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The Daily Wildcat

The Daily Wildcat


If you build it, they will come

Gordon Bates
Gordon Bates / Arizona Daily Wildcat Another criteria for the competition requires all teams to be able to completely stop their HPV from 15 miles per hour, in no more than 20 feet (marked by the measuring tape and upside down cups). There was not a speedometer on the ASME speed bicycle, so this test could not be done accurately. However, based on an estimation of speed, UA’s ASME speed HPV is able to stop within this specification.

Months of planning, designing, testing and retesting culminated at Engineering Design Day on Tuesday, where engineering seniors from every discipline showcased the fruits of their labor in Bear Down Gymnasium.

The event featured more than 50 projects created by engineering students working directly with industries to design everything from miniature airplanes to smartphone applications. Many projects were sponsored by companies like Raytheon, Airtronics and Caterpillar Inc., which offered participants $13,000 in prizes. Students competed to win one of 20 awards including the top prize of Best Overall Design, sponsored by BAE Systems.

“We work toward this for four years, and finally we get to show something for it,” said Maricela Rivera, a senior studying agricultural and biosystems engineering. “It’s not just books, it’s something real.”

Throughout the academic year, the engineers work in teams to design, test and compete with their projects. Some were able to travel across the country to get materials and face off against other engineers.

One team of aerospace engineers competed in the American Institute of Aeronautics and Astronautics Design/Build/Fly Competition in Wichita, Kan. They built a miniature airplane and put it to the test in three missions.

The first mission, to complete as many laps as possible over the flight course in four minutes, was a success, but the other two trials were cancelled due to a tornado, the team said.
Despite the bad weather, they returned to Tucson and completed the remaining missions on their own.

Another group developed a sensor for helicopters to monitor the “health” of the operating system. The sensor measures the stress on the helicopter and warns the pilot if it is going to break down.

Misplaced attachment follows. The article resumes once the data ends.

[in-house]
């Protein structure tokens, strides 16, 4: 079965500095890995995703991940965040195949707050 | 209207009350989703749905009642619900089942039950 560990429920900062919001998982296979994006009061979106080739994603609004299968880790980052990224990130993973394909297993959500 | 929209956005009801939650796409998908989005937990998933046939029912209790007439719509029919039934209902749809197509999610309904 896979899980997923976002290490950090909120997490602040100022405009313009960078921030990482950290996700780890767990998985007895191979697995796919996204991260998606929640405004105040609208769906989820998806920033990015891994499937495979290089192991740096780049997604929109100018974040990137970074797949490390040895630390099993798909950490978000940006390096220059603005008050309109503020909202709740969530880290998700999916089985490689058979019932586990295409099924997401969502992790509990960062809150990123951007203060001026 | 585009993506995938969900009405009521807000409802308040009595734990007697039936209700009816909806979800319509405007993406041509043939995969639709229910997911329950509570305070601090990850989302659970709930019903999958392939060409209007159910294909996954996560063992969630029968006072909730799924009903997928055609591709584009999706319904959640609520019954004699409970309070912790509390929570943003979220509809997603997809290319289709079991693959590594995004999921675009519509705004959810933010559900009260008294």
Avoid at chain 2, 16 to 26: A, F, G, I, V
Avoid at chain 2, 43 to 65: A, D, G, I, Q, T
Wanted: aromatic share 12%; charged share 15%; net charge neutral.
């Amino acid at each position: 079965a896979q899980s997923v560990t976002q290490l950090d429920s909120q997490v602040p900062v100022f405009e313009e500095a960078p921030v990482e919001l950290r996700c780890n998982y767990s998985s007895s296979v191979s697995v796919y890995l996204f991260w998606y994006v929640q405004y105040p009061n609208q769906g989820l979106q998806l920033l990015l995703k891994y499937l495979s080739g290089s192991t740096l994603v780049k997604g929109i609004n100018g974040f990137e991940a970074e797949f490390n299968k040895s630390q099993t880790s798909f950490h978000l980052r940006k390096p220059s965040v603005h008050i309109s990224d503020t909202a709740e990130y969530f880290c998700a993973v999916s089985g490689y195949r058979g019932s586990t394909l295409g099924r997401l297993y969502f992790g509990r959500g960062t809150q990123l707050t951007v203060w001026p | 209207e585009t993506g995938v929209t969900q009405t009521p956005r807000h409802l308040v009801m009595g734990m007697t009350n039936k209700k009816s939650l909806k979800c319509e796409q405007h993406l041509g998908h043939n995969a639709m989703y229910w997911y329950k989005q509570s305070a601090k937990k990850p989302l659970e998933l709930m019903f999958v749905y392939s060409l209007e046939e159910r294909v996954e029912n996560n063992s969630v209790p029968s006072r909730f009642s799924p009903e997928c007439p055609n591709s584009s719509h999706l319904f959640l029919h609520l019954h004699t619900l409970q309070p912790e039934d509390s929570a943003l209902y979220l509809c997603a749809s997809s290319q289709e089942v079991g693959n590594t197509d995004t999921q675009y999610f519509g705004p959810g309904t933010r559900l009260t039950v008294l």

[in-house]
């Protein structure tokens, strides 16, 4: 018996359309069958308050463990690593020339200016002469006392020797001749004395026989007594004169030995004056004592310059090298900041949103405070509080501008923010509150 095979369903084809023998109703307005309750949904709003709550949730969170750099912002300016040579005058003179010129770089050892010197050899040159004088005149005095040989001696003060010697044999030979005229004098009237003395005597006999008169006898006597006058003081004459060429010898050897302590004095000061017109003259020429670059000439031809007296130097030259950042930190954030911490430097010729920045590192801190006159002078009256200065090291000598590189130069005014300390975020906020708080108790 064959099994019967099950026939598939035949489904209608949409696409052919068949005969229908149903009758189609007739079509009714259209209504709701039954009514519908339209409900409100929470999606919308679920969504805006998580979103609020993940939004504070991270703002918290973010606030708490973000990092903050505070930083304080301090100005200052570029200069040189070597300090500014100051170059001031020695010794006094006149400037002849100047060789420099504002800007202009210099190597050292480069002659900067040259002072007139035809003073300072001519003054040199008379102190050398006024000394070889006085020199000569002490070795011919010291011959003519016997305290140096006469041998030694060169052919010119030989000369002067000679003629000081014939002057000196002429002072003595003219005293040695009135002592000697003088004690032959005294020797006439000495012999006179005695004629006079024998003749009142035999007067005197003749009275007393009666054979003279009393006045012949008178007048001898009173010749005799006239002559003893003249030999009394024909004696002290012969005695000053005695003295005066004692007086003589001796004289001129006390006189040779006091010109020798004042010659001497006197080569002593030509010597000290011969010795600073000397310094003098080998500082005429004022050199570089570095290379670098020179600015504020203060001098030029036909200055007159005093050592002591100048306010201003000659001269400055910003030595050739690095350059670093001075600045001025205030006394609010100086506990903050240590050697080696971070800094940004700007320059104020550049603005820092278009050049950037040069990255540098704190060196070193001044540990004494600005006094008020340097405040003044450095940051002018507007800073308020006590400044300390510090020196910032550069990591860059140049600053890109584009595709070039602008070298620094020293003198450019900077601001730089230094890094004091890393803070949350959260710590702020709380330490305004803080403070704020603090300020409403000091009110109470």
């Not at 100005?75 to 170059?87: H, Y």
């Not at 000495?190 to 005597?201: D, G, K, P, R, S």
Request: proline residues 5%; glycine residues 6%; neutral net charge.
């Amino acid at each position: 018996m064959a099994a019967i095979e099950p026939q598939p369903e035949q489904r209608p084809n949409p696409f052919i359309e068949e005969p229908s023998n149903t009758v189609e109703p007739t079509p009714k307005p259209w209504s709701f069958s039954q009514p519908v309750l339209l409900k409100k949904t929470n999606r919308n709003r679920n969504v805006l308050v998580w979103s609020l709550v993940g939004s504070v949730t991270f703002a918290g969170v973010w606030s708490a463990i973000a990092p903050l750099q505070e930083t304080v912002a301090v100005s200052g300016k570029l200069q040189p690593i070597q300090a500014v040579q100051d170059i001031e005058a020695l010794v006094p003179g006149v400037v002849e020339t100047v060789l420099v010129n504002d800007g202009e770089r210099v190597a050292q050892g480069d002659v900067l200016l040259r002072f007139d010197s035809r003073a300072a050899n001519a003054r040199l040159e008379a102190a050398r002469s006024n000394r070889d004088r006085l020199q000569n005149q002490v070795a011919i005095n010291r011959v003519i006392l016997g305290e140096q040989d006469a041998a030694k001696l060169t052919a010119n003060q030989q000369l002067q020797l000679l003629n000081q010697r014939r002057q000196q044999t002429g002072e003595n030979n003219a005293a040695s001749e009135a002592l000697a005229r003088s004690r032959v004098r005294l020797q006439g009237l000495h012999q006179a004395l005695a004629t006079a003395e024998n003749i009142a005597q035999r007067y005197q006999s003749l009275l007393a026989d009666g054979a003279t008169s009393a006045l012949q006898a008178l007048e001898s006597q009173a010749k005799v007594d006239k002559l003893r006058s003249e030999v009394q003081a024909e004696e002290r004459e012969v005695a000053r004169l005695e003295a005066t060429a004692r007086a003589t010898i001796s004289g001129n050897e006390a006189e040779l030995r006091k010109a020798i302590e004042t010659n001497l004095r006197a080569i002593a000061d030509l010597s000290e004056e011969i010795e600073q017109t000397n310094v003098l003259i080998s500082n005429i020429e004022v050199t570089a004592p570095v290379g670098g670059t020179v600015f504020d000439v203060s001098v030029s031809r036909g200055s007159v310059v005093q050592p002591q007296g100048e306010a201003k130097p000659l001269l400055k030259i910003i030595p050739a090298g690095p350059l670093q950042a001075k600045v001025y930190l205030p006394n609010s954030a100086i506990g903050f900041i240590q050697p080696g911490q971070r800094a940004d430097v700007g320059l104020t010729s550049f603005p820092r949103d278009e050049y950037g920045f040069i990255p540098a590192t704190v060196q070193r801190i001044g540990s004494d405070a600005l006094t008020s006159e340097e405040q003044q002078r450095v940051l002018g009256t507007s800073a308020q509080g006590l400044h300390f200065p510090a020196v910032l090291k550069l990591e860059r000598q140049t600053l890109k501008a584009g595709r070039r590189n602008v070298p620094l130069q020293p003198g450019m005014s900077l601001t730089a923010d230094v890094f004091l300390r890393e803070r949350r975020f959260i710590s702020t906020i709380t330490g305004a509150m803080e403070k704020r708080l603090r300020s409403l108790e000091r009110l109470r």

The four-member team drove to Oregon to get one of the parts they needed for their health-monitoring system, said Danielle Theodore, a systems engineering senior.

“I think the biggest thing we gained was camaraderie,” she said. “We got outside our comfort zone in every way.”

Rivera led a team of students who designed a system to convert used cooking oil from the UA student unions into biodiesel. The student unions throw out approximately 500 gallons of cooking oil every month, Rivera said. Her team’s project aimed to turn that waste into fuel for various vehicles on campus, like the CatTran.

“We tried to make it as green as possible,” she said.

The project that earned the award of Best Overall Design went to the Computational Optics team, who applied optical design in the nose cones of airplanes.

“I feel that all of our hard work we have made for the past year has paid off,” said Kate Green, an industrial engineering senior and one of the six members who won the award. “When we met our sponsor the first day, we told them we wanted to try and win.”

Michael Easton, the project’s sponsor and a Raytheon employee, said the team will be going to the Optical Society of America conference in Monterey, Calif., this June to present their project.

“These six individuals are literally the best and brightest we have to offer,” Easton said. “Expect all of them to have extremely bright futures.”

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